Socialist dictator Nicolás Maduro’s regime in Venezuela shifted its focus to repressing protests against hunger rather than the socialist government itself, a study by Venezuelan outlet Runrunes revealed Tuesday.
Of the 4,228 documented protests across Venezuela so far this year, state security acted to repress around 269 of them, often with the use of violence. However, those targeted were largely not those of a political nature, but of people demanding food and other basic living resources as the country’s humanitarian crisis continues to worsen.
Out of the 269 targeted protests, reasons for their occurrence most often involved a lack of access to food, electricity, water, or basic health care. Due to economic collapse and unprecedented levels of hyperinflation, most people are forced to live on just a couple of dollars a month.
The figures, compiled by an organization known as The Street Thermometer, also indicate a trend in which government-funded gangs and militias are used to contain smaller protests in local areas through threats of intimidation and violence. This was the case in many protests that were not repressed by official government soldiers or police.
“A common practice has been to jointly repress with security forces and armed civilians, also called paramilitary groups, to try to disarm the State of direct responsibility,” said Carlos Patiño, coordinator of the Requirement of the Venezuelan Program of Education Action in Human Rights (Provea).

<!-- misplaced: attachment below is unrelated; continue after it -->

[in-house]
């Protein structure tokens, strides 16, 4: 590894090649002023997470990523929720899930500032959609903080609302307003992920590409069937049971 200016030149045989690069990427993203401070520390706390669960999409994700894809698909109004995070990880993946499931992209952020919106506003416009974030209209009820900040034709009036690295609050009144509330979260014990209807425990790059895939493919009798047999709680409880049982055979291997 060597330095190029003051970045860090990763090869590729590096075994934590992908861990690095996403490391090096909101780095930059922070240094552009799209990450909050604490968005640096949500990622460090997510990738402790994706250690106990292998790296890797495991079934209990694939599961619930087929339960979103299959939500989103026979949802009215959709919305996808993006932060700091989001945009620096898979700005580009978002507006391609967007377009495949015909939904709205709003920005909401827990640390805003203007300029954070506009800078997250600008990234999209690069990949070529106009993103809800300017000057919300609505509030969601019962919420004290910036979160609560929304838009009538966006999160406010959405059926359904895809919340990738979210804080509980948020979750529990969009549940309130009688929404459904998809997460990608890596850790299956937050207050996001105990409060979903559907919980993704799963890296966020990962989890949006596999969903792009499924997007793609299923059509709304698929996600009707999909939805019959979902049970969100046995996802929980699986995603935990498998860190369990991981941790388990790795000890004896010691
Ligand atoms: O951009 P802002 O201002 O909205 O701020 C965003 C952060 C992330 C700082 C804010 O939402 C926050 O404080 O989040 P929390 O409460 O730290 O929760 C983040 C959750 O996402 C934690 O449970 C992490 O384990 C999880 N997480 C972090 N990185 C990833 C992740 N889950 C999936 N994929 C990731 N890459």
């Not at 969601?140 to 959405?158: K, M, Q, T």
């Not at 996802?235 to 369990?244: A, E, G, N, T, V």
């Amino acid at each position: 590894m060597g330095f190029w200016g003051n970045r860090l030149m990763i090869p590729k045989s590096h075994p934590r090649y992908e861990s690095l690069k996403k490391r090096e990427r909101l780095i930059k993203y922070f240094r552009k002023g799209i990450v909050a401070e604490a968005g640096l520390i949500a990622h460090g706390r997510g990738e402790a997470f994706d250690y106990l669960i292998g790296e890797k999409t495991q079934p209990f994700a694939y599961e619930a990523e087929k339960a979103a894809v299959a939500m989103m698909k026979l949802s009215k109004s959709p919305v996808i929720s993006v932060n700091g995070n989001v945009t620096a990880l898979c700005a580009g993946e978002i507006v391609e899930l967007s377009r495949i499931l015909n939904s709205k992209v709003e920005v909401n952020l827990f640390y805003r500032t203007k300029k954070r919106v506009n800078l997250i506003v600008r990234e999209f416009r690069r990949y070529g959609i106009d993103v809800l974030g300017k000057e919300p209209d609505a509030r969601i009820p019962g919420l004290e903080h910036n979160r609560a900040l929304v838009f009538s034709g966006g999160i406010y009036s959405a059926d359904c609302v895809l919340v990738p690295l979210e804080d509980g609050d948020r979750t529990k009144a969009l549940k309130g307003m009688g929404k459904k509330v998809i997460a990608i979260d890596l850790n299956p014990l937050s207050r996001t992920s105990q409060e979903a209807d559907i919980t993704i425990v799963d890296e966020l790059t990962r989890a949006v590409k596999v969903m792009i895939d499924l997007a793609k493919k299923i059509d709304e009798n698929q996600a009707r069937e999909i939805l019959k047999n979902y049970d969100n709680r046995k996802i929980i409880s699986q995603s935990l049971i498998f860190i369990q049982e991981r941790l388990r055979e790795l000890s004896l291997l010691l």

“However, in security operations such as those of the Operation Liberación del Pueblo (PLO), the poorest in the barrios are repressed without much protocol to keep up appearances,” he added.
Patiño also explained that people’s need for basic living requirements had pushed them towards protests of necessity rather than the mass political movements that dominated the country last year.
“Historically in Venezuela, social, labor and public service protests predominate, except in 2014 and in the rebellion of 2017, whose protest cycles were political,” he explained. “In 2018 the economic and social crisis forced citizens to demonstrate for their rights, but in isolation, without political leadership which is very weak. Consequently, when social protest predominates, it is repressed.”
The report also demonstrates the scale of the general crackdown on protests carried out by the Maduro regime, as it tries to consolidate power and turn the country in a Cuba-style communist police state. In the past year, at least 15 people have been murdered while protesting for food or other essential services, while hundreds were killed in confrontations with security forces last year.
“Since Nicolás Maduro took office, 215 people have died in the context of demonstrations in the country,” it reads. “In five and a half years of government, Maduro has accumulated the highest number of people killed in protests since 1990.”